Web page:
An Analysis of the Belhar Confession, Part 1

The Belhar Confession is a document originating in South Africa in the problems surrounding the racism of apartheid. The bulk of the confession has to do with a rejection of racism. Both the RCA and the CRC have this document on the table right now.

It is important to notice, then, that there is much in the Belhar that is commendable. Certainly, racism is a sin. I sincerely hope that those in favor of the Belhar will not accuse detractors of being racists. I have heard from some that this accusation has in fact happened. But Galatians 3:28 is already conclusive on this point of racism, clearly rejecting it. Nevertheless, there are a number of concerns that I have concerning this document.

But first, we must ask this question: what is confession of faith? I understand it to be a summary of the Christian faith. All the confessional documents to which I subscribe are accurate summaries of what the Scripture teaches on the central aspects of the Christian faith. Belhar does not do this. Racial reconciliation is therefore one of the vitally important consequences of the Gospel. However, the Gospel itself is reconciliation between God and man, the New Perspective on Paul notwithstanding. And if racial reconciliation is based on anything other than reconciliation between God and man, then it is a false reconciliation.

The document itself is vague in places. In all honesty, there are places in the document you could drive a truck through in terms of interpreting it. Just as one example, in section 2, under the second paragraph beginning “we believe,” and in the third section, the Belhar says “that this unity must become visible so that the world may believe that separation, enmity and hatred between people and groups is sin which Christ has already conquered, and accordingly that anything which threatens this unity may have no place in the church and must be resisted.” So, should the church separate itself from people living in unrepentant sin, as Paul commands in 1 Corinthians 6? This document says that separation of any kind is wrong. One could argue, I suppose, that the context means only racial separation. But that is precisely the point: this document is not clear on this point. The statement is not qualified. Confessions are limiting documents, not broadening documents. They should not be documents that increase possible interpretations. There will be more on that later.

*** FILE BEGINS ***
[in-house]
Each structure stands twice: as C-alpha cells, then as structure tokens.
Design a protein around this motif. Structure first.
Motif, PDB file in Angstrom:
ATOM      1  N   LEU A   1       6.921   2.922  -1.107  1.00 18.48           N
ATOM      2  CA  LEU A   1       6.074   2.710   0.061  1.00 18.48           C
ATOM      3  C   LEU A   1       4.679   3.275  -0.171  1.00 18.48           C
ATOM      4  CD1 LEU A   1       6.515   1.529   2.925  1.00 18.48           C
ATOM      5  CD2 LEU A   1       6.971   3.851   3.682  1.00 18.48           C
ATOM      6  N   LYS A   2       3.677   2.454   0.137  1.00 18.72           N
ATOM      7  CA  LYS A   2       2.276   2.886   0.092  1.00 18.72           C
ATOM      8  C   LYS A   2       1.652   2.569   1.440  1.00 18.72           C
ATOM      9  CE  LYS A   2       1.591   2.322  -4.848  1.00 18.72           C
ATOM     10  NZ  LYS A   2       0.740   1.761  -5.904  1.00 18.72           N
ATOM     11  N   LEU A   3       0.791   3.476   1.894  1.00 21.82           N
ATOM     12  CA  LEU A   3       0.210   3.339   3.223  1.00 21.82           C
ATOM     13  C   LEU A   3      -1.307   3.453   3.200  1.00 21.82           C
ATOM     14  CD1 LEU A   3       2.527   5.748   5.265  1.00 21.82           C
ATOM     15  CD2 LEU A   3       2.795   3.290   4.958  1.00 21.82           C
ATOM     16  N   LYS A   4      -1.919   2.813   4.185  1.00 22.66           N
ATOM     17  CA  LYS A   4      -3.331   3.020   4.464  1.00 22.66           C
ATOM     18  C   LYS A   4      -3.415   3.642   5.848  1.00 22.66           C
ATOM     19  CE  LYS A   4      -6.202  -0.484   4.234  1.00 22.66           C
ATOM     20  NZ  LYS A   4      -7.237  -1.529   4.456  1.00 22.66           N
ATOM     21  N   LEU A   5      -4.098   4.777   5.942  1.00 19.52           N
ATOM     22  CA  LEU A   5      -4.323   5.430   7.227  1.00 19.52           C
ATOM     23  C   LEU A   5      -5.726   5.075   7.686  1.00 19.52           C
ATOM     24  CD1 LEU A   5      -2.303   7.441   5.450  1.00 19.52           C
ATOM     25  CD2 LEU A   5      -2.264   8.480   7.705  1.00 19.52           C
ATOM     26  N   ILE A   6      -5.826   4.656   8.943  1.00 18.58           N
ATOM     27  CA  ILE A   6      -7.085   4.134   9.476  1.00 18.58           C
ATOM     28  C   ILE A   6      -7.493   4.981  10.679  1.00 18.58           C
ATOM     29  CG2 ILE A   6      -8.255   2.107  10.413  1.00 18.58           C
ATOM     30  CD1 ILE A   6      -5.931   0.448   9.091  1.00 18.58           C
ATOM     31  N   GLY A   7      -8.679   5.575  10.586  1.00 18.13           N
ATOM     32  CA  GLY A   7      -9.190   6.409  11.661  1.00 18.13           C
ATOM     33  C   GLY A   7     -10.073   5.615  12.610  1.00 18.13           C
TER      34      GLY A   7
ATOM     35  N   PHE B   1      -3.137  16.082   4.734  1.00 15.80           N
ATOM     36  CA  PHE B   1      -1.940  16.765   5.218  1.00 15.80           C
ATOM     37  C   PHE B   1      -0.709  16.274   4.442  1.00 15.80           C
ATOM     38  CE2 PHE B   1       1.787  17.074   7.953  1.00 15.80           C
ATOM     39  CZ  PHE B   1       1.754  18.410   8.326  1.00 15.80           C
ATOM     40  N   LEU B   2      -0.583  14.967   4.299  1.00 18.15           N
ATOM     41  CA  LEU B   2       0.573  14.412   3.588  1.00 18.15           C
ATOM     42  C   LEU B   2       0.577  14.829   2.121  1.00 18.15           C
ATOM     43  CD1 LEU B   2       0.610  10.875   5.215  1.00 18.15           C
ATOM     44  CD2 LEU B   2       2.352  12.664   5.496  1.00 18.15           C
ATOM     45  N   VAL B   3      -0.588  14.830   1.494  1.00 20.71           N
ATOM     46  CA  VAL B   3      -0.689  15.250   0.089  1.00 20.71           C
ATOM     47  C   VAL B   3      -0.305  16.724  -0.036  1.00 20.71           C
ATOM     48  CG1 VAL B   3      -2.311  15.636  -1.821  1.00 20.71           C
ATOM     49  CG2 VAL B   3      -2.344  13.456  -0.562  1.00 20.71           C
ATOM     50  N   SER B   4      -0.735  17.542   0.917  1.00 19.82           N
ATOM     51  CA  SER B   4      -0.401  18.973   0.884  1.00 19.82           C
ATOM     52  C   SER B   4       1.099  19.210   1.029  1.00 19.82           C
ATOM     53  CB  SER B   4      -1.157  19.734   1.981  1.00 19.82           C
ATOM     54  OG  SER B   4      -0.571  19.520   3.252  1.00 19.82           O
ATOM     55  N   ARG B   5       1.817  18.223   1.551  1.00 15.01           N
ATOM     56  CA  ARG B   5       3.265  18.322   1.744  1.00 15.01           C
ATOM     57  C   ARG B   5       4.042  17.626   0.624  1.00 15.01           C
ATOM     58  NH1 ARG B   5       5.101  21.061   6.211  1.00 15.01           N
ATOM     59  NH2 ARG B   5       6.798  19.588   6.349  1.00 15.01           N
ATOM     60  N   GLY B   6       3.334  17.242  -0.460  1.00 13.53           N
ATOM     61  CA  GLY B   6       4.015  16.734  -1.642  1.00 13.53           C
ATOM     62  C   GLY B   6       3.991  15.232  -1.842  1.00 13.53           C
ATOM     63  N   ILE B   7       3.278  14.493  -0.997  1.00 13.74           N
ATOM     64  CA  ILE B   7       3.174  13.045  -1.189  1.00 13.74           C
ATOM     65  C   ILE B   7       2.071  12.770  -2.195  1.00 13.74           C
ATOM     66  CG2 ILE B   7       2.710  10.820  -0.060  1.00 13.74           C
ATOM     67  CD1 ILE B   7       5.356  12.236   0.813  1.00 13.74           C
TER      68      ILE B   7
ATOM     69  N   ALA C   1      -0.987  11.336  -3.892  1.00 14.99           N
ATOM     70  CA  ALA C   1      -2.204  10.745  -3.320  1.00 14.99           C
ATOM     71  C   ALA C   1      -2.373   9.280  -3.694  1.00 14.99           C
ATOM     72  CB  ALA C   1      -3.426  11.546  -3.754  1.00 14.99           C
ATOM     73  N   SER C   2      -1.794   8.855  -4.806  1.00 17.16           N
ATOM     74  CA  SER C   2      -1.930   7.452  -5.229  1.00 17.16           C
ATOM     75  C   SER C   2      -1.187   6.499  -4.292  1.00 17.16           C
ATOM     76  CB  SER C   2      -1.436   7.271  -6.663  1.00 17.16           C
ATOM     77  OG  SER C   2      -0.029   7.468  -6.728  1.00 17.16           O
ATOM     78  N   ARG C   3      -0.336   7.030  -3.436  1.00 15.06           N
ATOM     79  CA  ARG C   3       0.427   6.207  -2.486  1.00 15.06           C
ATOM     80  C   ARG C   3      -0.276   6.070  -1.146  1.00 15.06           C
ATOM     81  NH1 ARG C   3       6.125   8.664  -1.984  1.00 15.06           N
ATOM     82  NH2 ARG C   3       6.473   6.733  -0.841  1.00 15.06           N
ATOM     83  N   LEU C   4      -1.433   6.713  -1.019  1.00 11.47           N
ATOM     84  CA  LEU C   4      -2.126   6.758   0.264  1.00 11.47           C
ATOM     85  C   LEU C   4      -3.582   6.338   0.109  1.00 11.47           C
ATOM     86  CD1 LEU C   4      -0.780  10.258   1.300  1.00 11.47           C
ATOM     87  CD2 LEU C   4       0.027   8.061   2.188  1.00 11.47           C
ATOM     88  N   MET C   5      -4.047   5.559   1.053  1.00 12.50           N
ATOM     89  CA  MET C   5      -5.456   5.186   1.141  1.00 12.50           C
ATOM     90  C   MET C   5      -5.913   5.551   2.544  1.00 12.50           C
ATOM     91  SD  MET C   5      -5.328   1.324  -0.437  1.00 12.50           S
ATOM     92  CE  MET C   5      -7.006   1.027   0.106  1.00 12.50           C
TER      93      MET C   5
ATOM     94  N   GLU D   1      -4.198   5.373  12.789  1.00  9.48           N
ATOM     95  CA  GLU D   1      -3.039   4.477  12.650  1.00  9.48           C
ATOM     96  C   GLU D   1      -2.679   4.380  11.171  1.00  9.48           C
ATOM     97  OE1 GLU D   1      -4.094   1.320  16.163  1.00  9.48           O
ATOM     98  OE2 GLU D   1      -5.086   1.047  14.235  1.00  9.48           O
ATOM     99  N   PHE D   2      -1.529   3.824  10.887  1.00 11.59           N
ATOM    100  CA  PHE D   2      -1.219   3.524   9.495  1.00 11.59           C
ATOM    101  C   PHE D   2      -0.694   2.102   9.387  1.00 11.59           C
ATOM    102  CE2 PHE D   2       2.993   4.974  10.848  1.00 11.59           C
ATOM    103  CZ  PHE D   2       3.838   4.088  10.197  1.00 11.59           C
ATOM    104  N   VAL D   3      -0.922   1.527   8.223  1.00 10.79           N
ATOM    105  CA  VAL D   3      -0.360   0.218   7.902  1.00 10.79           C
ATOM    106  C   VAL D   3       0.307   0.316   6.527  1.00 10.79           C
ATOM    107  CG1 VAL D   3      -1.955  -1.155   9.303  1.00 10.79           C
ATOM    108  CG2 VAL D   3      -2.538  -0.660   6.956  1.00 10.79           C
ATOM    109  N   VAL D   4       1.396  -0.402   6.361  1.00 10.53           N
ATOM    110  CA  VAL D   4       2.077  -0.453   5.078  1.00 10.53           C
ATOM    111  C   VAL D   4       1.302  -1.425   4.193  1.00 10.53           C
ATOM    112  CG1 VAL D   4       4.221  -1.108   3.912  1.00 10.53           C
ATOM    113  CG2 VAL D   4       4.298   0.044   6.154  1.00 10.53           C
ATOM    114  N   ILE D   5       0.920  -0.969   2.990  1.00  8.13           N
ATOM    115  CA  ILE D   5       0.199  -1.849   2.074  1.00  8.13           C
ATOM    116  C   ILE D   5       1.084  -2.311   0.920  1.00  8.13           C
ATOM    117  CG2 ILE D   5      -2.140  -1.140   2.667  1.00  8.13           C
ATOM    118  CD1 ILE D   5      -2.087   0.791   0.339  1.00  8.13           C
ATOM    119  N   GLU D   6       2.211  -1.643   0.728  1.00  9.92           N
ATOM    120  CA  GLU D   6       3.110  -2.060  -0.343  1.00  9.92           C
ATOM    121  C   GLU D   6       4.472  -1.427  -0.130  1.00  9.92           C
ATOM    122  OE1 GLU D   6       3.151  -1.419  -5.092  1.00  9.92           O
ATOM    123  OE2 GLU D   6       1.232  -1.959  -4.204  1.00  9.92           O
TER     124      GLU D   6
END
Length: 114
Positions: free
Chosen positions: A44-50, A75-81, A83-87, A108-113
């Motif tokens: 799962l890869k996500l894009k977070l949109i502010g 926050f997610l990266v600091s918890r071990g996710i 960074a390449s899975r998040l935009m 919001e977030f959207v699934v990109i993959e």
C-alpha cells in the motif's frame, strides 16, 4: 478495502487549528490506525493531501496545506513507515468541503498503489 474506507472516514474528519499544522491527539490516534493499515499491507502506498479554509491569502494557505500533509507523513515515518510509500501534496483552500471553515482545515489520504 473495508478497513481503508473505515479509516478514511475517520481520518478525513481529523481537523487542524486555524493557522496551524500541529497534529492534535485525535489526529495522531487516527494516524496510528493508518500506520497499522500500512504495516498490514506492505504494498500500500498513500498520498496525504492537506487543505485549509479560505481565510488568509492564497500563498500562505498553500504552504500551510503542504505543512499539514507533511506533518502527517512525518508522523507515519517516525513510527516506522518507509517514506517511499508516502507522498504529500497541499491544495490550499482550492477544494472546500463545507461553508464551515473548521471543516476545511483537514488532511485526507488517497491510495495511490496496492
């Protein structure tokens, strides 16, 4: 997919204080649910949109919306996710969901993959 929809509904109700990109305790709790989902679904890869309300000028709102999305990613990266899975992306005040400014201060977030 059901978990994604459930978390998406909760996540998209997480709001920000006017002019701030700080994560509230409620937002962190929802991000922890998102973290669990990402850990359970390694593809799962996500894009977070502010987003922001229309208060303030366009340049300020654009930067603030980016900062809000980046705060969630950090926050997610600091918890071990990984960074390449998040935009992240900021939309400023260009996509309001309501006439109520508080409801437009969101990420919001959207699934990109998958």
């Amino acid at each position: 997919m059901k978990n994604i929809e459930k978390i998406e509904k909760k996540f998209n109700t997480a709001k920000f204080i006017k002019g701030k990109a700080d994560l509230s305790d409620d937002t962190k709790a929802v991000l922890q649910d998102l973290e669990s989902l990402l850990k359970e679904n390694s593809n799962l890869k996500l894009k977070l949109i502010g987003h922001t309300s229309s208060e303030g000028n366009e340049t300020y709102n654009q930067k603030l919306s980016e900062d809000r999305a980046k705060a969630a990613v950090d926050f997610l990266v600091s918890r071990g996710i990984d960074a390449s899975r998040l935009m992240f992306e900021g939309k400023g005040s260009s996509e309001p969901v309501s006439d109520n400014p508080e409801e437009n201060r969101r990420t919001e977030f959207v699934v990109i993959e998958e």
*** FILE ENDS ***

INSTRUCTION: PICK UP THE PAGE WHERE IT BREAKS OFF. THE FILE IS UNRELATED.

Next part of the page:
In the extreme emphasis on unity, truth is de-emphasized. I’m not so sure that North American churches even have a proper view of love. If love is not based around the truth of God’s Word, then it is not true love. Neither can one say that God is love more than God is truth, for the same Bible that tells us that God is love also tells us that God is light, and that in Him there is no darkness at all. What I will do in the next several posts is to analyze the several portions of the confession, and why I think it is deficient.